The most common symptom of the P0237 code on Dodge Cummins is a sudden decrease in power accompanied by an illuminated check engine light. Other symptoms may include:
- Consistently low engine power
- Decrease in fuel economy
- Auto turn-off of the turbo boost
- Trouble accelerating
What Causes P0237 Code on Dodge Cummins?
Several causes may result in the P0237 code on Dodge Cummins engines, but an internal short in the sensor is usually the main culprit. This can be caused by a manufacturing defect or physical damage to the sensor. Other potential causes may include:
- A faulty boost pressure sensor ‘A’
- A malfunctioning turbocharger
- A loose or damaged connector
- A problem with the ECM or PCM
How to Fix P0237 Code on Dodge Cummins?
A certified mechanic or a dealership is the best place to get your truck fixed with the P0237 code. Those professionals will have the tools and knowledge to diagnose and rectify the problem.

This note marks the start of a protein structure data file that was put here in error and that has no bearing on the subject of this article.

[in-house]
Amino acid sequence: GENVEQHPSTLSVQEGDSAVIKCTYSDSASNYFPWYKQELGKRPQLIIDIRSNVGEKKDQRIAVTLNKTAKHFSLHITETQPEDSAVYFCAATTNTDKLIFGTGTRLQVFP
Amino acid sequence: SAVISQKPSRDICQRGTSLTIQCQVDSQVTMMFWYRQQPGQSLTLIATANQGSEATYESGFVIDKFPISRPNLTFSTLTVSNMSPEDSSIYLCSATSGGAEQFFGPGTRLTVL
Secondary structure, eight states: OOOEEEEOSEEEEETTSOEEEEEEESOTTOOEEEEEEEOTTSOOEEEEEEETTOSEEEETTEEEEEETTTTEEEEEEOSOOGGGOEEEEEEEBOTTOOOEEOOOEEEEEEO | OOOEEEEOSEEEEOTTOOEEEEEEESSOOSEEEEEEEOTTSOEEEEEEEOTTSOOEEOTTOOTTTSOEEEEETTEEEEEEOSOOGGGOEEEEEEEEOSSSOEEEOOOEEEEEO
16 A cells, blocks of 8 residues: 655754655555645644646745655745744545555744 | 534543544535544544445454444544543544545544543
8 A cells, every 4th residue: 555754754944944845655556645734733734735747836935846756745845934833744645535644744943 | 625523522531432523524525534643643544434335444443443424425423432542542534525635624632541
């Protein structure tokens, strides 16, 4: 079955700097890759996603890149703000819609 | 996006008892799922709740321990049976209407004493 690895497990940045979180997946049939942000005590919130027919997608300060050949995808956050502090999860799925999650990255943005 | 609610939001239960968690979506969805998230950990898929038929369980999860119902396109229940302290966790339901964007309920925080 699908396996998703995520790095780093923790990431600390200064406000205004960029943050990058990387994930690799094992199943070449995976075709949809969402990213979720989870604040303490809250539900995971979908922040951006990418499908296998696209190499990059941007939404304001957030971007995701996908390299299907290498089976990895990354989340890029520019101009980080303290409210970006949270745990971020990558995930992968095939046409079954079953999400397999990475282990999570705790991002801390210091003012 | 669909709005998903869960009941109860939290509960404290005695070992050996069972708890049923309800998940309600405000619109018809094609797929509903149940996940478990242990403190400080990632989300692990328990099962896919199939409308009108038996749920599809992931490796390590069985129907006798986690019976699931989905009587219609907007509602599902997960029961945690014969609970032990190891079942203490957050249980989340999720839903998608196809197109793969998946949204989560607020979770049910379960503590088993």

However, if you think you have the skills, tools, and knowledge to fix the problem, you could try diagnosing the problem yourself by following these steps:
Step 1: Obtain the Freeze Frame Data
Your truck’s computer saves a “freeze frame data” whenever a code is set. It shows the conditions at the exact moment the error code was set, so it can be used to diagnose the problem. To obtain this information, use an OBD-II code reader.
Step 2: Check with the Technical Service Bulletins
Once you have the freeze frame data, check with the technical service bulletins (TSBs) for your Dodge Cummins model and year. TSBs are issued by the manufacturer to alert mechanics about common problems with specific vehicles.
Step 3: Inspect the Sensor and Connections
If there are no relevant TSBs, the next step is to inspect the sensor and its connections for physical damage. If there is any damage, repair or replace the damaged parts and clear the code.
If there are no damaged parts, check the connector for loose, broken, or corroded wires. Repair or replace any damaged parts and clear the code.
Step 4: Check for Vacuum Leaks
If the connector and sensor are in good condition, the next step is to check for vacuum leaks. Use a smoke machine to check all the connections and gaskets for leaks. If you find any, repair or replace the damaged parts and clear the code.
Step 5: Check for Faulty Turbocharger